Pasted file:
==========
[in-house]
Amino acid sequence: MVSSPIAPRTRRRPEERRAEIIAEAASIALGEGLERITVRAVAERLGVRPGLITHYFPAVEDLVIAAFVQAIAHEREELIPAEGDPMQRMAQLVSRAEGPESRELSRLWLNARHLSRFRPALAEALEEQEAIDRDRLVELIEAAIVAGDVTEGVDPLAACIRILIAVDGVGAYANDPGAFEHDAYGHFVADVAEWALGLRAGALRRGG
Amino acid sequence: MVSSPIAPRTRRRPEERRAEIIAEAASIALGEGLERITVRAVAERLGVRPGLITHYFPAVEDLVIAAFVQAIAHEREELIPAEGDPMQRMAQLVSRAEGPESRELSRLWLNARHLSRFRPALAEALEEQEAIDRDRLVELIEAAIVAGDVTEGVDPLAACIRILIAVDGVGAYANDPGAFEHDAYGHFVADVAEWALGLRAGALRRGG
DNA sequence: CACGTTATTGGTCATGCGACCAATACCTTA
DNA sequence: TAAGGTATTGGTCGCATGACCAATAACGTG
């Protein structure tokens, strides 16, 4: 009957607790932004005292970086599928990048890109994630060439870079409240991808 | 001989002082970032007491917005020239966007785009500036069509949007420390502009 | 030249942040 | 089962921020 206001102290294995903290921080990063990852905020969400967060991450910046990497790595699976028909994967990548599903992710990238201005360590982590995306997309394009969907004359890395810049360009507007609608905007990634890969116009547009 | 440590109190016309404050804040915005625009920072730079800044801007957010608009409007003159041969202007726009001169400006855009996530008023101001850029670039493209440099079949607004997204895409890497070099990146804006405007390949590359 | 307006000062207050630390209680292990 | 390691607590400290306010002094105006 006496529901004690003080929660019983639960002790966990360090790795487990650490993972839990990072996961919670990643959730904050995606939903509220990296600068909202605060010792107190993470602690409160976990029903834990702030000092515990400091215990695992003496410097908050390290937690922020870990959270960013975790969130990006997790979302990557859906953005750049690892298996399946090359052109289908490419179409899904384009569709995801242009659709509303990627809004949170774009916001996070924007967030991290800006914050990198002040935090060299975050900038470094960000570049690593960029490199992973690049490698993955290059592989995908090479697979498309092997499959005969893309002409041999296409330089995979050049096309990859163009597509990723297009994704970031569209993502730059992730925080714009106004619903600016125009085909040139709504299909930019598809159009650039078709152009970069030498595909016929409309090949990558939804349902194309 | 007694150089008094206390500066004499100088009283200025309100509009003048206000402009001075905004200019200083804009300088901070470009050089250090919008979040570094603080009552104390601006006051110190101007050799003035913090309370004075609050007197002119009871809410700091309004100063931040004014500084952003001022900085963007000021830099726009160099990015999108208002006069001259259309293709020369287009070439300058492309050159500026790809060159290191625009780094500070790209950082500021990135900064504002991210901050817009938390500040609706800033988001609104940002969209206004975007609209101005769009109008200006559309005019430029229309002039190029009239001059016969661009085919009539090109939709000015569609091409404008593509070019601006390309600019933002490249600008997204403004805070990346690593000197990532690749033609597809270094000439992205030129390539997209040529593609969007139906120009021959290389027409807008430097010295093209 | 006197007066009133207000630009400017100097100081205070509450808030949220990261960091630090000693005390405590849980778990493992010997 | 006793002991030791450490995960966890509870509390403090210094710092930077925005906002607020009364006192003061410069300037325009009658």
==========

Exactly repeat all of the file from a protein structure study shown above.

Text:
[in-house]
Amino acid sequence: MVSSPIAPRTRRRPEERRAEIIAEAASIALGEGLERITVRAVAERLGVRPGLITHYFPAVEDLVIAAFVQAIAHEREELIPAEGDPMQRMAQLVSRAEGPESRELSRLWLNARHLSRFRPALAEALEEQEAIDRDRLVELIEAAIVAGDVTEGVDPLAACIRILIAVDGVGAYANDPGAFEHDAYGHFVADVAEWALGLRAGALRRGG
Amino acid sequence: MVSSPIAPRTRRRPEERRAEIIAEAASIALGEGLERITVRAVAERLGVRPGLITHYFPAVEDLVIAAFVQAIAHEREELIPAEGDPMQRMAQLVSRAEGPESRELSRLWLNARHLSRFRPALAEALEEQEAIDRDRLVELIEAAIVAGDVTEGVDPLAACIRILIAVDGVGAYANDPGAFEHDAYGHFVADVAEWALGLRAGALRRGG
DNA sequence: CACGTTATTGGTCATGCGACCAATACCTTA
DNA sequence: TAAGGTATTGGTCGCATGACCAATAACGTG
């Protein structure tokens, strides 16, 4: 009957607790932004005292970086599928990048890109994630060439870079409240991808 | 001989002082970032007491917005020239966007785009500036069509949007420390502009 | 030249942040 | 089962921020 206001102290294995903290921080990063990852905020969400967060991450910046990497790595699976028909994967990548599903992710990238201005360590982590995306997309394009969907004359890395810049360009507007609608905007990634890969116009547009 | 440590109190016309404050804040915005625009920072730079800044801007957010608009409007003159041969202007726009001169400006855009996530008023101001850029670039493209440099079949607004997204895409890497070099990146804006405007390949590359 | 307006000062207050630390209680292990 | 390691607590400290306010002094105006 006496529901004690003080929660019983639960002790966990360090790795487990650490993972839990990072996961919670990643959730904050995606939903509220990296600068909202605060010792107190993470602690409160976990029903834990702030000092515990400091215990695992003496410097908050390290937690922020870990959270960013975790969130990006997790979302990557859906953005750049690892298996399946090359052109289908490419179409899904384009569709995801242009659709509303990627809004949170774009916001996070924007967030991290800006914050990198002040935090060299975050900038470094960000570049690593960029490199992973690049490698993955290059592989995908090479697979498309092997499959005969893309002409041999296409330089995979050049096309990859163009597509990723297009994704970031569209993502730059992730925080714009106004619903600016125009085909040139709504299909930019598809159009650039078709152009970069030498595909016929409309090949990558939804349902194309 | 007694150089008094206390500066004499100088009283200025309100509009003048206000402009001075905004200019200083804009300088901070470009050089250090919008979040570094603080009552104390601006006051110190101007050799003035913090309370004075609050007197002119009871809410700091309004100063931040004014500084952003001022900085963007000021830099726009160099990015999108208002006069001259259309293709020369287009070439300058492309050159500026790809060159290191625009780094500070790209950082500021990135900064504002991210901050817009938390500040609706800033988001609104940002969209206004975007609209101005769009109008200006559309005019430029229309002039190029009239001059016969661009085919009539090109939709000015569609091409404008593509070019601006390309600019933002490249600008997204403004805070990346690593000197990532690749033609597809270094000439992205030129390539997209040529593609969007139906120009021959290389027409807008430097010295093209 | 006197007066009133207000630009400017100097100081205070509450808030949220990261960091630090000693005390405590849980778990493992010997 | 006793002991030791450490995960966890509870509390403090210094710092930077925005906002607020009364006192003061410069300037325009009658």